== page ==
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Raising Happy, Healthy Teenagers



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Raising Happy, Healthy Teenagers

By Patti Cummings

Children, Mary Ronan explains, are like the pull of the river’s current, running swiftly to adulthood. Their parents are the canyon walls, taking what is fluid and formless in their children’s lives and providing identity and structure. With discipline and loving guidance children can discover their abilities, innate worth, and what God desires for their lives. Then, like the river, they will reach their destination sparkling and sure.

Combining powerful images such as these with hard-hitting advice, educator and lecturer Mary Ronan spoke to more than 200 parents and teenagers on May 22 at St Rose of Lima Church. The two-part workshop, “Loving for Life,” was sponsored by St Rose’s Parish Education office. It was open to all Newtown teenagers over Grade 8 and parents of children of all ages. She met again with St Rose teenagers on May 29.

The Three L’s Of Parenting

“The only ones who can help our children,” Ms Ronan explains, “are parents, because we are the ones who love them.” We can’t expect teachers, counselors, coaches, or anyone else to do it, she says, adding, “there is nobody in the world we love more than our kids.”

The secret to raising happy, healthy children, she says, can be summed up in three words that begin with the letter L. As parents, we must love them, limit them, and lead them.

“I love you. Those three words are the most important words your child will ever hear from your mouth,” Ms Ronan says. Get used to saying them over and over, she instructs. Say them at bedtime, at the end of a telephone conversation, at the dinner table. If you have gotten out of the habit as your children have gotten older, she adds, get back into the practice.

Conversation with your children also is crucial. “How do you know each other, if you don’t have casual conversation?” Ms Ronan urges parents of middle school students to take advantage of the time when they are often traveling together in the car, to open up conversation. Regular dinnertime or breakfast conversations are very important, as are routine bedtime talks.

In speaking with teens, Ms Ronan has learned that nearly 50 percent of eighth graders have serious secrets – such as drug and alcohol use and sexual activity – that they keep from their parents. By the end of the ninth grade, this number is 60 percent, and it reaches 80 percent by the end of tenth grade.

Often the peer pressure comes from their best friends, she explains. “It’s welcoming, friendly, and bringing them into a group that’s doing things they are not supposed to do.” She says parents must encourage their children to find new friends, rather than to fight the ones who are doing wrong.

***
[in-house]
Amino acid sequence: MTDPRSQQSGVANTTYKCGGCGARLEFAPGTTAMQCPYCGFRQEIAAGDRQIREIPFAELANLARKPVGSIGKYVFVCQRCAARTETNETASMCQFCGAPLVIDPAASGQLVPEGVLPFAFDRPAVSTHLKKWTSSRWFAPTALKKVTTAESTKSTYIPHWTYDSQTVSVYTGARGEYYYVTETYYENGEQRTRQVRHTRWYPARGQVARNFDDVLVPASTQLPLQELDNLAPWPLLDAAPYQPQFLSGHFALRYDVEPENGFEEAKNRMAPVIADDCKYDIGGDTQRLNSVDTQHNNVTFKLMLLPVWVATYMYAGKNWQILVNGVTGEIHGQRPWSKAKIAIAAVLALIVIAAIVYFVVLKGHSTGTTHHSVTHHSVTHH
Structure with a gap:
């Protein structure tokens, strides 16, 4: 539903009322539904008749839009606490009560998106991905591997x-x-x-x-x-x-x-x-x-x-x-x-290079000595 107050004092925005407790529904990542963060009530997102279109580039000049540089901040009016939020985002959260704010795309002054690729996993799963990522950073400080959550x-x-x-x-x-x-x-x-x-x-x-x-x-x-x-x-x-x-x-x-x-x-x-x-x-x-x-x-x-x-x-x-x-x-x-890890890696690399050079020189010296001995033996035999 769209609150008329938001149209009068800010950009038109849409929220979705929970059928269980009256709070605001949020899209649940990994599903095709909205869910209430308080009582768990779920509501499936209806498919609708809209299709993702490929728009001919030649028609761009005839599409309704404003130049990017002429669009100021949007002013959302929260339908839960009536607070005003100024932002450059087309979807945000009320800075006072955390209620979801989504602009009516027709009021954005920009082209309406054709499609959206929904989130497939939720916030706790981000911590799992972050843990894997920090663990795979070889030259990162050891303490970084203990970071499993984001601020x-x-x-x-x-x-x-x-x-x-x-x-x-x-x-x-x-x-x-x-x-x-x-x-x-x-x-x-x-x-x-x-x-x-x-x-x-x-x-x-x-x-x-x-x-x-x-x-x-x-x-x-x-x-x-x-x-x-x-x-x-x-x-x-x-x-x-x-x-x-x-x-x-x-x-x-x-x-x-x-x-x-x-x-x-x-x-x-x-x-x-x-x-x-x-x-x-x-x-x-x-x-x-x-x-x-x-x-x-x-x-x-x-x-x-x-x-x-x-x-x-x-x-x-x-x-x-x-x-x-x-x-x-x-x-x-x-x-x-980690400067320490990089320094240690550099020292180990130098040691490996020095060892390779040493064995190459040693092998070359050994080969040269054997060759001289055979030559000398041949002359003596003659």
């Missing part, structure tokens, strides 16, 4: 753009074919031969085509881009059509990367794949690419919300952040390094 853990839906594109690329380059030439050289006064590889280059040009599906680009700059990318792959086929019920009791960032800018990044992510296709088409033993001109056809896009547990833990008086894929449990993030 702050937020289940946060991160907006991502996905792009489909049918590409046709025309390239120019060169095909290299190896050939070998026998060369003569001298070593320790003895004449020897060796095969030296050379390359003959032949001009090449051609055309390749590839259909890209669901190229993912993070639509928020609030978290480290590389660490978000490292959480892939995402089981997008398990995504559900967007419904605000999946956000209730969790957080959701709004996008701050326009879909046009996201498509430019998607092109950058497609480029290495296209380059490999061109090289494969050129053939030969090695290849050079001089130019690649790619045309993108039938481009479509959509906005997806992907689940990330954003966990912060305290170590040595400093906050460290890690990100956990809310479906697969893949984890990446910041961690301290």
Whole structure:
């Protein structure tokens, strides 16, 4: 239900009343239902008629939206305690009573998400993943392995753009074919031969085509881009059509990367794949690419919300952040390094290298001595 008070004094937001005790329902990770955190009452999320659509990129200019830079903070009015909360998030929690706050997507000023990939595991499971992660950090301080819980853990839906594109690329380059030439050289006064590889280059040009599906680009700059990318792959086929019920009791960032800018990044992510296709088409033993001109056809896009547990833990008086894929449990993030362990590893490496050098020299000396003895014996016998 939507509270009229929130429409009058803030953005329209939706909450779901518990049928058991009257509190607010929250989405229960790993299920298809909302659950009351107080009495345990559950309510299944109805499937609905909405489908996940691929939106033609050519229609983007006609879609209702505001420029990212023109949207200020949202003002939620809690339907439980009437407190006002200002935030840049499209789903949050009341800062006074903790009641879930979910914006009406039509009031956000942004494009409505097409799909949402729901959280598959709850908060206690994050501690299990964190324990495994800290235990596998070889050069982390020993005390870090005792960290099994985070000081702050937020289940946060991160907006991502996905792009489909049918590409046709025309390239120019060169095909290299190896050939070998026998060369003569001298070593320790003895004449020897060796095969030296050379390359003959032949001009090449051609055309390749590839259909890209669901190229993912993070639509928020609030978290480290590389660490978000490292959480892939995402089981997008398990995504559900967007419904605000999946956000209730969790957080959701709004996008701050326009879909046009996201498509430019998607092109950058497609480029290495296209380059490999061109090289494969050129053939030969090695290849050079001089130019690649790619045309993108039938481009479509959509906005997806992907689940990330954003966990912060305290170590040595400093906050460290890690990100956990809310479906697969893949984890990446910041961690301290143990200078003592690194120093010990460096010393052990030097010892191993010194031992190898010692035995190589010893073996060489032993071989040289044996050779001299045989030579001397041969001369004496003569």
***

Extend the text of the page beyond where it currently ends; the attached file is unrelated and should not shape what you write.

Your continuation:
Most importantly, we need to listen to our children, Ms Ronan says, and they need to hear from us.

Limits As A Sign Of Parental Love

Children want structure and discipline from their parents, Ms Ronan says. Teenagers invariably tell her, “My parents should discipline me more. They should say no to me more often. When they punish me, they should stick to it.”

“Discipline needs to be done with open arms,” she says. “When we discipline our children, we love them.”

In explaining the difference between discipline and punishment, Ms Ronan says, discipline is structure. “They are the habits that help get us through the day. For example, if you have to get up early in the morning, you don’t stay up until midnight.” Punishment, she adds, is the consequence of wrong actions.

To teens she says, “It is something we do to you, not for you, as a result of your actions.” She suggests that parents let their child suggest what would be an appropriate consequence of poor behavior so that they remember well and never do it again.

Ms Ronan tells parents never to lecture or get mad when their children have done something wrong. Rather than conveying anger, it is more effective for parents to express their disappointment in their children’s actions. “Kids would rather have you mad at them than disappointed in them,” she explains.

Ms Ronan’s wide-ranging advice on child rearing also includes the following:

Make sure your children eat well and are well rested. Even teenagers need a bedtime, she says. Set a bedtime and make sure they stick to it.

Telephone the parents of children who are having parties to find out how many adults will be present. Then walk the children into the party and greet the parents to make sure the party is being properly monitored.